When: 4th October 2014 from 11am
Where: Carrbridge, Scotland
£: Free to watch
What is it?
The prestigious 21st Golden Spurtle World Porridge Making Championships will take place in the Scottish Highlands at Carrbridge Village Hall on Saturday 4th October 2014.
The World Porridge Making Championship title will be awarded to the competitor producing the best traditional porridge, made from oatmeal. The traditional porridge must be made with untreated oatmeal, not with oat flakes, and with only water and salt. The porridge will be judged on consistency, taste and colour.
As well as making traditional porridge, competitors can also take part in the Speciality Competition, where contestants are free to add other ingredients to porridge to produce an array of sweet and savoury dishes. The reigning Speciality Champion is Nick Barnard, joint Founder and Managing Director of Rude Health, who won in 2013 with his ‘Fruity Date Porridge’.
There are national porridge making competitions in America, Scandinavia and England. The winners from these competitions also win a place to compete in Carrbridge, to try to win the infamous Golden Spurtle trophy. A spurtle is a Scottish kitchen utensil designed for stirring porridge. So, who will win the coveted Golden Spurtle at this year’s World Porridge Making Championships and beat the formidable reigning champion, Strathglass man John Boa?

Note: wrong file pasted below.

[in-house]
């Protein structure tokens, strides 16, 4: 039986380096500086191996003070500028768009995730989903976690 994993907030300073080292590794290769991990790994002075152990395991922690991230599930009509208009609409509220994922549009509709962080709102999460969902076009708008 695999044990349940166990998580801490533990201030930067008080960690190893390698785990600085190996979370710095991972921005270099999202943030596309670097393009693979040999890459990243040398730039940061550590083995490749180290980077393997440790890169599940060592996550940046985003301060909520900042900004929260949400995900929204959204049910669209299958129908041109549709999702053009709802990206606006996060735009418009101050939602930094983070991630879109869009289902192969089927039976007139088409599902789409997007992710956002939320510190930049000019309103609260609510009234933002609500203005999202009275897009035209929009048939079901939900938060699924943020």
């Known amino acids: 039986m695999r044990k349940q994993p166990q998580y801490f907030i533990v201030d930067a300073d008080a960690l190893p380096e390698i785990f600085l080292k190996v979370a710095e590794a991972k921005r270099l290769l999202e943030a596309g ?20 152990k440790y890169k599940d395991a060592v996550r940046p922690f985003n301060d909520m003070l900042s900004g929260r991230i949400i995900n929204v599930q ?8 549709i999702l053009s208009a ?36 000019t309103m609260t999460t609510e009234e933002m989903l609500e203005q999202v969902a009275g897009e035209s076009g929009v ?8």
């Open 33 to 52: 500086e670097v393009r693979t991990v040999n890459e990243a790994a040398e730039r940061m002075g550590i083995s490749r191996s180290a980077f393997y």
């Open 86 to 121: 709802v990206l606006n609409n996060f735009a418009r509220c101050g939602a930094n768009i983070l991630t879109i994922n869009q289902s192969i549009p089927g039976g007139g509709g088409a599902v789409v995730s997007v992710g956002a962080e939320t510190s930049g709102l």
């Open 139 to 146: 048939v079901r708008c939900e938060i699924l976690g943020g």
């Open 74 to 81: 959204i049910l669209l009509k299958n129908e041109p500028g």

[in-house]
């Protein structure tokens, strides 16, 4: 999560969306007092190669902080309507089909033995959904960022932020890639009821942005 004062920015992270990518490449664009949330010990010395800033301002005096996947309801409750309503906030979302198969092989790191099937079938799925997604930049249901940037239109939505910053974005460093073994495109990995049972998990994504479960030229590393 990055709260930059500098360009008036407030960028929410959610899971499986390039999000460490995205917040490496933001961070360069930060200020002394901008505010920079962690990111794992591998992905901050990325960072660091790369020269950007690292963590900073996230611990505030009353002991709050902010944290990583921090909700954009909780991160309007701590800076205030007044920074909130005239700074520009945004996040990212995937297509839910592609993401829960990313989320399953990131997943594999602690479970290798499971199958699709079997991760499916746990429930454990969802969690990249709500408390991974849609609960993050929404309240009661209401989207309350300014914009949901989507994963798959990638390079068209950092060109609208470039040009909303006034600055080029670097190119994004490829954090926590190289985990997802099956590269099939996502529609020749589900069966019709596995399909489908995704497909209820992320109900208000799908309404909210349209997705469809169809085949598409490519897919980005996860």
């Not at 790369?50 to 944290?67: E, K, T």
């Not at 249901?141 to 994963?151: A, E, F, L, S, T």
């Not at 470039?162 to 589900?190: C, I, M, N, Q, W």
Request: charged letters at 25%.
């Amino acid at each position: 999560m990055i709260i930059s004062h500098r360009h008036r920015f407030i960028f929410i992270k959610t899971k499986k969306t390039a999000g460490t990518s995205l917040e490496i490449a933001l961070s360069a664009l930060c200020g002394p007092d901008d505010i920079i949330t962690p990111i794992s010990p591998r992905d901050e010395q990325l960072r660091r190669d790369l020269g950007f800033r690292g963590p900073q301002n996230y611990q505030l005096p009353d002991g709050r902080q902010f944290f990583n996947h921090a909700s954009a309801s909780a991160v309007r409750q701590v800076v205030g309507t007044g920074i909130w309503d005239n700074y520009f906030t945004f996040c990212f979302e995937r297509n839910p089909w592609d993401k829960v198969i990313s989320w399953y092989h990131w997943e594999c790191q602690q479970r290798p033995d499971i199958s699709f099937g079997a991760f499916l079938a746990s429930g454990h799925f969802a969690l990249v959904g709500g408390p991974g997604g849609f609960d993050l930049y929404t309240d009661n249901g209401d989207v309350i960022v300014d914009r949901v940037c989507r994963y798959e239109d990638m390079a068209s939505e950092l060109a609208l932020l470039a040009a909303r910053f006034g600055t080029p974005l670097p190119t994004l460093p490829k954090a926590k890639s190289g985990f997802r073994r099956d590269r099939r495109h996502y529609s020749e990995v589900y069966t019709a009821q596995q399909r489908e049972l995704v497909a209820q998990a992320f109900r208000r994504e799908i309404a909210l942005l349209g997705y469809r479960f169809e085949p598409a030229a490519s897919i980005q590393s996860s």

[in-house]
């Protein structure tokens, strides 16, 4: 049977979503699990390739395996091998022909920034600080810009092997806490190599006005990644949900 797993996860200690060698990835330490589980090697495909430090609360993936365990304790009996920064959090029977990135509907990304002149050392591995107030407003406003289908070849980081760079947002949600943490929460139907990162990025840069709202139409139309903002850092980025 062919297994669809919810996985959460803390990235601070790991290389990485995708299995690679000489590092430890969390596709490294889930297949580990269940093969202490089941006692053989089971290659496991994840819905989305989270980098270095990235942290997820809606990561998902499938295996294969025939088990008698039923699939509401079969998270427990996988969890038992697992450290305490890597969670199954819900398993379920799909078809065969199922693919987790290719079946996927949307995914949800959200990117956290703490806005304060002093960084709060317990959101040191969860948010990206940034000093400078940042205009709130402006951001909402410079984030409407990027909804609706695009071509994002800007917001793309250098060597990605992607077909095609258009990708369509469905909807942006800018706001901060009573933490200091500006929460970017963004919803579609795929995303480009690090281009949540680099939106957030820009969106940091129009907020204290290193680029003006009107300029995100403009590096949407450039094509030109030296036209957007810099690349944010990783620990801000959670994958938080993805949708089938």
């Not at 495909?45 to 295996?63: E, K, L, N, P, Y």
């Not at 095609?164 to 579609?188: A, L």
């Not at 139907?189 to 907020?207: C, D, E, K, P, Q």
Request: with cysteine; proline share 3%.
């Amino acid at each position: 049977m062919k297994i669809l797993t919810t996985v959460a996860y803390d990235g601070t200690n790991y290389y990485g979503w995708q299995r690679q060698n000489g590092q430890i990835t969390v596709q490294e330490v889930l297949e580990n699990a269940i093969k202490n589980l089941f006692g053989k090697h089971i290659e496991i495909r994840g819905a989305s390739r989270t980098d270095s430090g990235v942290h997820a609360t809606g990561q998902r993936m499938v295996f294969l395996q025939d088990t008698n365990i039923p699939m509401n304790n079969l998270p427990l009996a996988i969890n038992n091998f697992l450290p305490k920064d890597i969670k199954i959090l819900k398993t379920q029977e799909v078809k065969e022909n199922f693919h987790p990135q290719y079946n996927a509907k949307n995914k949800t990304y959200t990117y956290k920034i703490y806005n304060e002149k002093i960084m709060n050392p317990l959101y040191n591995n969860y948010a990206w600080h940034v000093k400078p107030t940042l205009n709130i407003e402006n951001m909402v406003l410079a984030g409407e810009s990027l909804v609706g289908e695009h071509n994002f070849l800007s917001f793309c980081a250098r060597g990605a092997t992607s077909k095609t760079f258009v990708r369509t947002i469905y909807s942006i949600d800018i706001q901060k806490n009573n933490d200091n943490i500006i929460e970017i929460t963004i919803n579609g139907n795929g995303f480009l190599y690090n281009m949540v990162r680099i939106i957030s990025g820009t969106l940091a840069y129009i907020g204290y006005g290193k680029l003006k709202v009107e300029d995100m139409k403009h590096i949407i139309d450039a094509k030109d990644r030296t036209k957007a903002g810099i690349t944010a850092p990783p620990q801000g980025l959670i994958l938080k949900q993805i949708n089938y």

In previous years the trophy has returned with the winners to the USA and Germany. Last year entries included a chef and owner of a porridge bar in Copenhagen; a grain miller and Sweden’s Nordic Porridge Making Champion; an astrophysics student with the formula for cooking porridge, and a Texan mother and cook.
As well as the World Porridge Making Championships on Saturday 4th October there will be an official ‘Toast to the Porridge’, local food and craft stalls, a porridge fun run and a showcase of local ales.
The village of Carrbridge has also teamed up with the Scottish-based charity, Mary’s Meals, to establish an international World Porridge Day. The charity operates from a tin shed in the Argyll area of the Scottish Highlands and has one simple aim; to provide a daily meal in a place of education. This is so that chronically poor children are attracted to the classroom, where they can gain a basic education and find an escape route from poverty.